Keynes supposed at the aggregate level that individuals hold a wide variety of different views about expected rates of interest in future and therefore as the current rate of interest fell more and more people would expect that eventually it would rise again — the price of bonds would fall — and therefore more people would hold only money.

In this manner, Keynes argued that in aggregate the demand for money for speculative purposes, L(r), would be inversely related to the interest rate, r In contrast, the amount of money demanded for transactions and precau­tionary purposes, kPY, was determined by the individuals’ level of income Y and the general price level (P).

Thus, in Keynes’ theory the demand for money is expressed as:

Md = kPY + L (r)


where Md is the total demand for money, kPY is transactions and precau­tionary demand and L(r) is speculative demand. Here Y is national income, P is the price level and k is the fraction or proportion of income held in the form of liquid balance (0<k<1).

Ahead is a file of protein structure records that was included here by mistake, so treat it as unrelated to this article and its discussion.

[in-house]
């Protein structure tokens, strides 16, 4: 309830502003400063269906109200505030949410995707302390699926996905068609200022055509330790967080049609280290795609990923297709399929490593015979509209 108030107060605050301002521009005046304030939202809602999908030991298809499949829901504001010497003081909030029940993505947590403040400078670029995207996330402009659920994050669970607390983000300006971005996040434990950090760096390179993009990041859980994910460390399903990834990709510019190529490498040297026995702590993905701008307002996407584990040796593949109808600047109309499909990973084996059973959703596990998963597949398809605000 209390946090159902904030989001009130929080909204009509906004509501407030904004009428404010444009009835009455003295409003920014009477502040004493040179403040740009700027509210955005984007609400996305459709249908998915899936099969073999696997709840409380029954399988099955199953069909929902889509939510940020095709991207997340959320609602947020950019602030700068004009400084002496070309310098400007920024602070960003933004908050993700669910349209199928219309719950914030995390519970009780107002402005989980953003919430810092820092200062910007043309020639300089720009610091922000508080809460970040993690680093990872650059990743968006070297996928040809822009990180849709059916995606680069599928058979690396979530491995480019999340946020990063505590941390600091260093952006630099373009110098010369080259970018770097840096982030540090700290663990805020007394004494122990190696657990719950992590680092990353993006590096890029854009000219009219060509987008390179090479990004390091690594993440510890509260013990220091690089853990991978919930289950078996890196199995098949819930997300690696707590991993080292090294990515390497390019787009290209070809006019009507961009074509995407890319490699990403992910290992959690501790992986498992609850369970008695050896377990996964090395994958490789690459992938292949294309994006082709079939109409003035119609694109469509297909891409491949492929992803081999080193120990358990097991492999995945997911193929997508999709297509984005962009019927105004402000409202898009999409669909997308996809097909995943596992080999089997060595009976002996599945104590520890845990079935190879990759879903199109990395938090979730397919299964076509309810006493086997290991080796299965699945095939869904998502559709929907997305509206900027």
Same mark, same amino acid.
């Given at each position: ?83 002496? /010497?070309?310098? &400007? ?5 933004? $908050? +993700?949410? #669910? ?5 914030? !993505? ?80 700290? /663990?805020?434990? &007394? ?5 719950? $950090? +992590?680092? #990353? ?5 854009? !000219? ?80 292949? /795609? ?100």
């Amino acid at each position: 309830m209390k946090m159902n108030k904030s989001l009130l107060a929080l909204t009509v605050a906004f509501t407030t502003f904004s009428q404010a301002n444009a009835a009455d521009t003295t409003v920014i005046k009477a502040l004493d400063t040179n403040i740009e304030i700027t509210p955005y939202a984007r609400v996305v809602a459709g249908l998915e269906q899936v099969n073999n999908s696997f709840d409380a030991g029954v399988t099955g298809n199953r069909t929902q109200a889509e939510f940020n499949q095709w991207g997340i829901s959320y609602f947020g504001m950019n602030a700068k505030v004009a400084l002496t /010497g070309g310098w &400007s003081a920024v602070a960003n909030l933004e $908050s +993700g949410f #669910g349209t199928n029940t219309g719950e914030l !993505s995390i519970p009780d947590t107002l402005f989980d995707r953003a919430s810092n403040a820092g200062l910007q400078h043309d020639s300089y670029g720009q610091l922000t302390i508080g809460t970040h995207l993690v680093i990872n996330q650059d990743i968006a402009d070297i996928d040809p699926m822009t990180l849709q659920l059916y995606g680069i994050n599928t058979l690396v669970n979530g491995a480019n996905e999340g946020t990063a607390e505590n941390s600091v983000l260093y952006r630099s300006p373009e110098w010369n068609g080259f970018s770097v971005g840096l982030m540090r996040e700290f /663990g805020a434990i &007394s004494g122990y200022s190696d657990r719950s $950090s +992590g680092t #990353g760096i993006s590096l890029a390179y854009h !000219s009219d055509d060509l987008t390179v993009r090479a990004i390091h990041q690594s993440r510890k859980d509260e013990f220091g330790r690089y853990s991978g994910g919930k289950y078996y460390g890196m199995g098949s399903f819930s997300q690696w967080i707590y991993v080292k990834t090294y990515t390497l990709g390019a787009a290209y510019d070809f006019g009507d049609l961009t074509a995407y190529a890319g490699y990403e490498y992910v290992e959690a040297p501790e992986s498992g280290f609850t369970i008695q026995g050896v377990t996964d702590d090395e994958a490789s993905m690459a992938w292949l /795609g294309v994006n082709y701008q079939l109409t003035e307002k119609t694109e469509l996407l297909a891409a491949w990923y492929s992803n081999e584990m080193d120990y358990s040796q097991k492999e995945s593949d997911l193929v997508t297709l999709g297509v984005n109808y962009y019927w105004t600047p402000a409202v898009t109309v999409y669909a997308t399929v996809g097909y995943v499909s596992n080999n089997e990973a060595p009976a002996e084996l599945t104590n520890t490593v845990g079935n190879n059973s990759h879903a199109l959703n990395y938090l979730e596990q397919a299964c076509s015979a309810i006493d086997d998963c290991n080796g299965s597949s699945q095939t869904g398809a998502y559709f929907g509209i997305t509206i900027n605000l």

If V increases, k remaining the same, people will require more money to spend. Likewise, if P increases people will require more money to buy the same amount of goods and services. Here, L is liquidity preference (or speculative demand) which is a function of the rate of interest (r) L varies inversely with r. vanes inversely with r.

An individual’s preference for liquidity, money, therefore arises because of his uncertainty about the exact point in time when he will need money – the precautionary motive -and his uncertainty about future interest rates – the speculative motive. Liquidity preference in the Keynesian analysis is therefore largely a function of uncertainty.